Writing Short Fiction

Or: The Impact of Short Fiction on Longer Novels

Or: Why Writing Short Fiction is Good…

*Disclaimer: this can be read as a “writing advice” blog post but please don’t take it seriously or personally. What worked for me might not work for you, everyone’s writing process is different and art is, as always, very subjective. So if you resonate with anything here, great. If not, also great. Thanks for reading.

I strongly believe that if you’re going to be a successful writer you have to know how to write short forms. If you write fiction, you have to be able to write and finish a short story/flash fiction/micro fiction. If you write poetry or more lyrical forms of prose, you need to have some experience with shorter forms of poetry.

(And I’m not just saying that because I wrote a short fiction collection and it’s now available for pre-order.)

Some of you out there might be reading this and thinking:

  1. I’ve written full-length novels but never short stories and I’m successful so what gives?
  2. That’s exactly what my awful creative wiring teacher said and those “old school” ideas about how to be a writer are way more harmful than helpful.
  3. I don’t like writing short fiction/short fiction isn’t my goal so I don’t see the point in this.

All of those thoughts are valid. I know writers who only write long fiction and they are happily existing not writing short stories. I know writers who think that the only way to be successful in the traditional publishing world is to sell short stories to well-known magazines first and then get picked up by a larger publishing house (Ray Bradbury and I think Stephen King did this as well).

And as for that third question; I’m a poet. I don’t like writing sonnets. I know how to write a fucking sonnet. Not because I was pressured into following some gatekeeper’s rules or had an awful teacher in the past, but because it was part of the craft I wanted to master (not that I’ve mastered poetry in any way, shape, or form). So I learned how to do it.

If you want to get good at playing the piano you do scales. If you want to get good at writing, you practice writing.

Short stories force you to make up an end.

They force you to be specific and concise with your narrative.

(Back to poetry)

When I first started sending out my work to get published I was met with a flurry of rejections. But I’d revised and polished and revised again. I couldn’t figure out why editors were rejecting me.

Now, I wasn’t writing long poems but they were directionless. They were pretty word pictures with either very vague or no purpose.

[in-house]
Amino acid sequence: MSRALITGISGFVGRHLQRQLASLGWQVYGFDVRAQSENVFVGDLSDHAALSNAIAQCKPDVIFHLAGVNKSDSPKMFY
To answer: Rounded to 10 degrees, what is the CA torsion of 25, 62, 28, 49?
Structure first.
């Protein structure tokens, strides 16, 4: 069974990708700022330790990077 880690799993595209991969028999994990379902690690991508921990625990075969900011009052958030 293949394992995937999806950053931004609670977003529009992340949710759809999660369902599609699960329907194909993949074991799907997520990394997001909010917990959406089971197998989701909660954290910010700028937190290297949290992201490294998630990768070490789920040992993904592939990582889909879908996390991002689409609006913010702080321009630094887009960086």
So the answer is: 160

How did I realize this? I discovered micro poetry on Twitter. And then I tried writing micro poetry and I found I was shit at it. I learned that if you can’t make a small version of the thing, you really can’t make a big version of the thing.

So I worked on it and got intentional and specific with my language. I wrote lots and lots of micro poems. And then my longer pieces started getting published.

The point of all this is you can use short stories to

  1. practice writing
  2. develop your voice
  3. make your writing better

And it’s also pretty damn satisfying when you can write THE END on something. Even if it’s a piece of flash fiction. You completed a project! Good job!

I’m writing a nine to ten book grimdark paranormal fantasy series. I’m constantly scanning the big picture and a lot of the time I get stressed out because I can’t see the trees for all the forest.

I know where the story is going but I don’t know how to get there. I get hung up on the minutiae and everything stalls.

I’ve re-written Book One four times since 2018 and I’m about to start on the fifth and final re-write. How do I know this is the final one? How do I know I’m not just going to repeat the cycle of incompletion over and over again and never get my book done?

Spite. Sheer spite.

And writing short fiction. When I get stuck I jump to something else, a different character or a different part in the series. Sometimes I make a short story out of it. And that short story helps me fill those plot holes and move on.

Short stories help you practice how to end things, remember.

Not all the short stories in Pulling Teeth came about that way. I seriously love it when a writer adds companion and/or prequel pieces to their series. I will eat that shit up.

So, if you’re a writer and you’re stuck on something, try writing an unrelated short story. See what happens. Let me know 🙂


Photo by Raphael Schaller on Unsplash

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